Selecting or creating the best macroeconomic policy is a massive undertaking. The laws put into place to manage a whole nation’s economy influence every single person who lives and works there. Implementing a big-picture economic plan involves asking significant questions like: Should the central bank increase or lower the federal funds rate? How much government debt is too much? How do we balance the inequality between the people with the most money and the people who have the least?
Economists who specialize in the field of macroeconomics, like Dr. James Bullard, the new dean of Purdue University’s Mitchell E. Daniels, Jr. School of Business, use evidence from their research to find answers to these tough questions.
In Bullard’s working paper “Optimal Macroeconomic Policies in a Heterogenous World,” he and his coauthors Riccardo DiCecio, Aarti Singh and Jacek Suda developed an economic model that serves as a benchmark to see how adept U.S. policymakers are at selecting the best policies and provided suggestions for further improvement.
To do this, Bullard and his coauthors study a Dynamic Stochastic General Equilibrium (DSGE) heterogenous-agent life-cycle model. That means Bullard and his fellow researchers built a theoretical framework to analyze a whole economy taking into consideration that economic variables change over time, economic shocks can occur unpredictably and the people, households and businesses that make up an economy can be wildly different from each other, especially at different points in their lives.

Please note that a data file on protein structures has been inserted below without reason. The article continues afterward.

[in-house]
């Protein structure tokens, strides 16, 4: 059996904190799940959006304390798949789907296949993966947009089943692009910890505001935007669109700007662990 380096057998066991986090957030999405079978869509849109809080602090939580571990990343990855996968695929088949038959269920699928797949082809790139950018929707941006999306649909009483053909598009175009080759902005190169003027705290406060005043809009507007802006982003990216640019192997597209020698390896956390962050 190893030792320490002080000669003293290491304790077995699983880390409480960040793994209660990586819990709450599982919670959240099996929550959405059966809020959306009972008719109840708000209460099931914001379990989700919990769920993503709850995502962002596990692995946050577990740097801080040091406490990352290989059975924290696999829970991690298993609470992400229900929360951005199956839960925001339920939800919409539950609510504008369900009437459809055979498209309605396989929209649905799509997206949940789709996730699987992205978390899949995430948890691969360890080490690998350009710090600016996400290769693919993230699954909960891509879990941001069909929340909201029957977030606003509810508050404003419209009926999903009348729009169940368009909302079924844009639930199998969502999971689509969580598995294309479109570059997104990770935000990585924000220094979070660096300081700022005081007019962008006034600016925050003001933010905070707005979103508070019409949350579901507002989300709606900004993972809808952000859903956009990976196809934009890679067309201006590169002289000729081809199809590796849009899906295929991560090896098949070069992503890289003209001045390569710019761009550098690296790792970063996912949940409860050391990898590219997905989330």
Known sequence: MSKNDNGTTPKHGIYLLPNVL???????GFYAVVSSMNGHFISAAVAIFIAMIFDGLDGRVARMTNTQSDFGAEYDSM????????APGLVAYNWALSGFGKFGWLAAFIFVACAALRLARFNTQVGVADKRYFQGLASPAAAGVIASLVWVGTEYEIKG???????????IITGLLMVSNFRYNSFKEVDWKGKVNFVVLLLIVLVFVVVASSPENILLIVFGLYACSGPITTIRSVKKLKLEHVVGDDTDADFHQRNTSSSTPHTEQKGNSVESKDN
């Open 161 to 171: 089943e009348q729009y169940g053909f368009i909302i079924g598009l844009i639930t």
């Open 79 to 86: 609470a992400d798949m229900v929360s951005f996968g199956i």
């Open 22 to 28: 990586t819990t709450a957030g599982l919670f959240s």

They found that broadly speaking, the best macroeconomic policies that their model points to are similar to the actual policies already in effect in many economies today. In other words, the policies that maximize the utility (or happiness) of citizens in a hypothetical model-estimated economy match those policies that already exist in the real world.
Bullard and his coauthors point to their four model-recommended policies for a healthy economy.
The first recommendation is that monetary authorities should respond to shocks, or unexpected events that can suddenly affect an economy, by raising or lowering interest rates. Monetary policymakers aim for a sweet spot that ensures the economy is stable and people are not borrowing or saving too much. The Federal Reserve is responsible for setting monetary policy in the U.S., and they often raise or lower the target range of the federal funds rate (the interest rate that financial institutions charge each other for loans in the overnight market for reserves) to respond to economic shocks.
Secondly, a treasury authority should ideally keep a fixed amount of government debt that is never fully paid off. The goal is to keep the national debt at a certain level relative to the total economic output of the country, much like someone manages their personal debt relative to their income. For example, the U.S. Department of the Treasury monitors the debt-to-GDP ratio to make sure it stays at a sustainable level.